To complete the MRSA discussion, it is necessary to mention the final group of MRSA – livestock-associated MRSA (LA-MRSA). Just as healthcare-associated MRSA (HA-MRSA) and community-associated MRSA (CA-MRSA) are (at least initially) distinct from each other via differences in their genetic make-up, LA-MRSA represents yet another separate path of evolution for MRSA, with its own set of genetic and phenotypic characteristics.

LA-MRSA was discovered late relative to CA- and HA-MRSA. The Canadians described MRSA in horses and “horse-associated” personnel in a 2-year study starting from 2000, whereas the French described MRSA in pigs and pig-farmers (but not in bankers or insurance agents who served as the human controls) in another study published in 2005. But rather ironically, the Netherlands had the highest rate of LA-MRSA initially. The Dutch have one of the lowest HA-MRSA rates in the world, comparable with the northern European/Scandinavian countries as well as West Australia. They had also articulated the “search and destroy” concept for HA-MRSA, bringing the term into the infection control lexicon. “Search and destroy” for MRSA appears to have more detractors than adherents among infection control experts, but personally, I feel you cannot argue with success.

In any case, it was perhaps because there is so little HA-MRSA in the Netherlands that the initial cases of LA-MRSA were noticed – one of the first being a 6-month-old girl who was due for thoracic surgery in July 2004. In Singapore, for example, such a case would hardly have elicited the same excitement or intense search (both the parents were also positive for MRSA, and because they raised pigs on a farm, the pigs were also screened). These cases were the sentinel event for what would subsequently be a national outbreak of epidemic proportions, among both pigs and humans in the Netherlands.

Using multilocus sequence typing, various investigators have found that there are distinct lineages of animal Staphylococcus aureus (and therefore MRSA), that are only transferred to humans that work closely with these animals. Among cattle (and a frequent cause of bovine mastitis), LA-MRSA have been found belonging to clonal cluster (CC) 130 (comprising ST130 and other closely related STs), ST435 and CC705, with a unique mecA homologue. Among pigs and their handlers (and also rabbits raised for their meat), by far the most common clone of LA-MRSA is CC398 (comprising ST398 and other closely related STs), although ST9-MRSA-IX is also common among pigs in parts of Asia. Unlike CA-MRSA, LA-MRSA are generally resistant to multiple other non-beta-lactam antibiotics, reflecting the multiple types of antibiotics used in the process of animal husbandry. It is plausible that the rise in LA-MRSA is associated with the increased use of antibiotics in animal husbandry – recently researchers in the Netherlands showed a positive correlation between antibiotic use on the farm and the prevalence of LA-MRSA in both animals and humans.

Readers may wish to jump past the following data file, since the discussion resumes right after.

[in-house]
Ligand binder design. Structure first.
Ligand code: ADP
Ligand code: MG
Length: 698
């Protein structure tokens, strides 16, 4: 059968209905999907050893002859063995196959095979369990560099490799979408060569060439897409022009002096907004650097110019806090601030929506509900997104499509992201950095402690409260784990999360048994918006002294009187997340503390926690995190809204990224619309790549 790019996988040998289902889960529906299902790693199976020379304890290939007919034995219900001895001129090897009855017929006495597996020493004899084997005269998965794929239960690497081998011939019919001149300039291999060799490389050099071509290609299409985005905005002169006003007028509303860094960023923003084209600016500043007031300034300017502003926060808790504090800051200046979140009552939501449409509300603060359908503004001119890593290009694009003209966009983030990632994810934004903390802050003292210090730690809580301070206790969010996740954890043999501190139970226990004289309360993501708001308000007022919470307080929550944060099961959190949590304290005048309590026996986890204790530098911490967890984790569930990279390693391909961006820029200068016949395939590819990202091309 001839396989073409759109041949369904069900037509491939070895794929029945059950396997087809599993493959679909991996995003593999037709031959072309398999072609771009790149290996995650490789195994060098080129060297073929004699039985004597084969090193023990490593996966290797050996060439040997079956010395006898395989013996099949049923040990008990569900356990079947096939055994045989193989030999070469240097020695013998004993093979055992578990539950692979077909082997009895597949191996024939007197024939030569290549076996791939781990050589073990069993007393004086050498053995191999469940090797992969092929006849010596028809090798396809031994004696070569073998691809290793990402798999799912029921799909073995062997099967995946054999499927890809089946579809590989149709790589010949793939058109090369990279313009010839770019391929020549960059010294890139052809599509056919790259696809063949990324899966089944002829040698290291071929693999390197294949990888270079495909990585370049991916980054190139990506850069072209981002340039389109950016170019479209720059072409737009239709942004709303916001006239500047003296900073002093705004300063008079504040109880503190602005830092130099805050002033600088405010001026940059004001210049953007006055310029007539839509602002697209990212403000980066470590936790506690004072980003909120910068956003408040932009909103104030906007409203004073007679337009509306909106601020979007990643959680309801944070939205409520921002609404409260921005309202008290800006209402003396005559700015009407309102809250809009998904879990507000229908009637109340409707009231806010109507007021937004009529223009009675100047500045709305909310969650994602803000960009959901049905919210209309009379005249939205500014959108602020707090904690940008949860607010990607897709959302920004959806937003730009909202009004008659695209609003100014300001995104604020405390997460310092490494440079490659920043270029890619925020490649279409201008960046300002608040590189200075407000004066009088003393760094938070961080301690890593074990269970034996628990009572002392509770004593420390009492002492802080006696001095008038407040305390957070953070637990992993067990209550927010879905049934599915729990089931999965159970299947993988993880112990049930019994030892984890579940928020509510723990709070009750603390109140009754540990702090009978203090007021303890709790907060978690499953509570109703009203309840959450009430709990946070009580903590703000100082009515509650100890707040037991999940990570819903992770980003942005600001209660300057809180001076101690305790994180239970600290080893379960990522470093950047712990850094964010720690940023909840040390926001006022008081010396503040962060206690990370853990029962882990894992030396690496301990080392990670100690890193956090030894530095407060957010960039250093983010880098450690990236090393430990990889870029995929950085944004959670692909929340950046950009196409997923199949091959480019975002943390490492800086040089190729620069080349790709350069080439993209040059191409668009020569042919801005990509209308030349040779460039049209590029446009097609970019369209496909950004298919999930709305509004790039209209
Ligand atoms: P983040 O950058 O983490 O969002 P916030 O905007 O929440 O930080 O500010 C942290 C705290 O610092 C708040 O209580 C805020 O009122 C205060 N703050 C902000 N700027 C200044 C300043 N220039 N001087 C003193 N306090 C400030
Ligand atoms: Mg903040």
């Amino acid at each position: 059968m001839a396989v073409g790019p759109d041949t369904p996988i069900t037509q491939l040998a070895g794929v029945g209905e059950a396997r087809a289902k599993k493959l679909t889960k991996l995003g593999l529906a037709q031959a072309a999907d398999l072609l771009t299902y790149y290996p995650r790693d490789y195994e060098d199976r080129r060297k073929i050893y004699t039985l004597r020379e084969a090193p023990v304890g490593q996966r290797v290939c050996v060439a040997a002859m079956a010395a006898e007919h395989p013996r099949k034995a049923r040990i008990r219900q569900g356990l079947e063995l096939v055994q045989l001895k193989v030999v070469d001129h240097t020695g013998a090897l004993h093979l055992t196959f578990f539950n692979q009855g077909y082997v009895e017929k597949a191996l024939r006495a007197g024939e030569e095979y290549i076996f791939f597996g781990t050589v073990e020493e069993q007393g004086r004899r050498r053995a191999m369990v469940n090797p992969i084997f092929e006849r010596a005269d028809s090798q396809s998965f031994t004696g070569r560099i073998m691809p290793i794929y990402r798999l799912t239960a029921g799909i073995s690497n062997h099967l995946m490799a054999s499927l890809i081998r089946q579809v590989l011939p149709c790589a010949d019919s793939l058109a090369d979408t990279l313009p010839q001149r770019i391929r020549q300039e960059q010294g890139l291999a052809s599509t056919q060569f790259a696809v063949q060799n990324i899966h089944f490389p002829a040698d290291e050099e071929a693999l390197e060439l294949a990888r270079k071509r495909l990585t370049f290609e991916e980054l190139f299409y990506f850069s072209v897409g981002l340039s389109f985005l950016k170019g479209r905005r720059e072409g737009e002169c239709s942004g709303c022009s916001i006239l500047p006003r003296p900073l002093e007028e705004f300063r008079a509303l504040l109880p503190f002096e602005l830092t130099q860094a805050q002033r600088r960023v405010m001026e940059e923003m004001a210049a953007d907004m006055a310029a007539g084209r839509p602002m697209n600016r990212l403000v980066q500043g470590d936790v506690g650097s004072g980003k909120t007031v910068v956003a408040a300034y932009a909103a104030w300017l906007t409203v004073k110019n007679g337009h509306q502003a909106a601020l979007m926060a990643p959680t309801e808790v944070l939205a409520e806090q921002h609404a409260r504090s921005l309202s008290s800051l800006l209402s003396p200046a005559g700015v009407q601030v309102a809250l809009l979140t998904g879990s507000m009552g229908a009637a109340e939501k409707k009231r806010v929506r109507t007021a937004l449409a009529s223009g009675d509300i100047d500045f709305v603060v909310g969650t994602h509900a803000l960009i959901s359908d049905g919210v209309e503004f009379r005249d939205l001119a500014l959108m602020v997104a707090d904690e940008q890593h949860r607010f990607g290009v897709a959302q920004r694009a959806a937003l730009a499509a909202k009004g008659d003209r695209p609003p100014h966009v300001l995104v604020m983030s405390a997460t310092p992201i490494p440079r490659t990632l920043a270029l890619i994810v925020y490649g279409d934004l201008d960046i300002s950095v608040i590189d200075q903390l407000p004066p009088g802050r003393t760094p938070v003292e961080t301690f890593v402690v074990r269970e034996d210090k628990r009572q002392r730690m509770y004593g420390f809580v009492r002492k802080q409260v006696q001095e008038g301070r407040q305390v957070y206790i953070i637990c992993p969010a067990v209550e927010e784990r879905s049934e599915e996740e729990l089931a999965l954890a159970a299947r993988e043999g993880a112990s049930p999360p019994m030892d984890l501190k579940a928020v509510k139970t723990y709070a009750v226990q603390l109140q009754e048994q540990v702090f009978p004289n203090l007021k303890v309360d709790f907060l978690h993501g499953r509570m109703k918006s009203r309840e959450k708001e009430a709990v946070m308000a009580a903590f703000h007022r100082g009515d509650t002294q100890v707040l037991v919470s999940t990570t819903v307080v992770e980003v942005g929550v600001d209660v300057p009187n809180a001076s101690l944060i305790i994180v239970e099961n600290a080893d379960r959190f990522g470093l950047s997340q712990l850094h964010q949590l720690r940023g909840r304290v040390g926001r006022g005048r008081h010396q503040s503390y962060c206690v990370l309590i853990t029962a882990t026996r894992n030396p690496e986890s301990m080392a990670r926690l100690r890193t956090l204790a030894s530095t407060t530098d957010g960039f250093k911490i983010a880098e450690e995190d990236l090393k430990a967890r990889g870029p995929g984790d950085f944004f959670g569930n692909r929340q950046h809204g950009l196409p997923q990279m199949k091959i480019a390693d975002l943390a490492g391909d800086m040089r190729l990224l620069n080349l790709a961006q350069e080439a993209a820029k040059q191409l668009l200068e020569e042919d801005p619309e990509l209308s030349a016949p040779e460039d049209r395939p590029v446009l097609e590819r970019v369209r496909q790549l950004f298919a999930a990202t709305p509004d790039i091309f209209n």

Singapore phased out pig farming in the 1980s. However, pigs are still kept in Singapore for reasons of research and training. I remember having to stick tubes and perform minor surgery on anaesthetised pigs (and goats) during advanced trauma life support (ATLS) training in the past, and such large animals are still used for surgical training locally. Therefore there are LA-MRSA in Singapore, although I do not know of any case of human infection locally. In 2005, LA-MRSA was unexpectedly isolated from a pig used for diabetes research (it had died of sepsis), and this led to mass screening of pigs held at various facilities in Singapore, as well as screening of the veterinary and research staff associated with the pigs. Three (2.4%) pigs – including the original that had died – were found to harbour MRSA, as did one research scientist (who was also a surgeon).

Pig and human MRSA isolated during a screening exercise in 2005 (image from Journal of Medical Microbiology)
Pig and human MRSA isolated during a screening exercise in 2005 (image from Journal of Medical Microbiology)

Two MRSA belonged to ST398, which was expected. The human surgeon-scientist had UK-EMRSA-15, which was also unsurprising. What surprised us was the finding of UK-EMRSA-15 in a pig, although there was no apparent contact between the animal and that particular scientist. In a subsequent investigation a few years later, we also found ST9 MRSA in another pig locally, showing how widespread these LA-MRSA clones are globally.

What is the threat of LA-MRSA to humans? It turns out to be much less than HA- or CA-MRSA, although it is still not to be dismissed. Strains of LA-MRSA are capable of being transmitted between humans, although they are less efficient at spreading compared to HA- or CA-MRSA (probably because humans are not the natural hosts of these MRSA). Although severe infections have been described, LA-MRSA are possibly less pathogenic compared to other human-adapted MRSA. However, virulence genes are fairly easily transferred between MRSA, so the situation may yet change in the near future.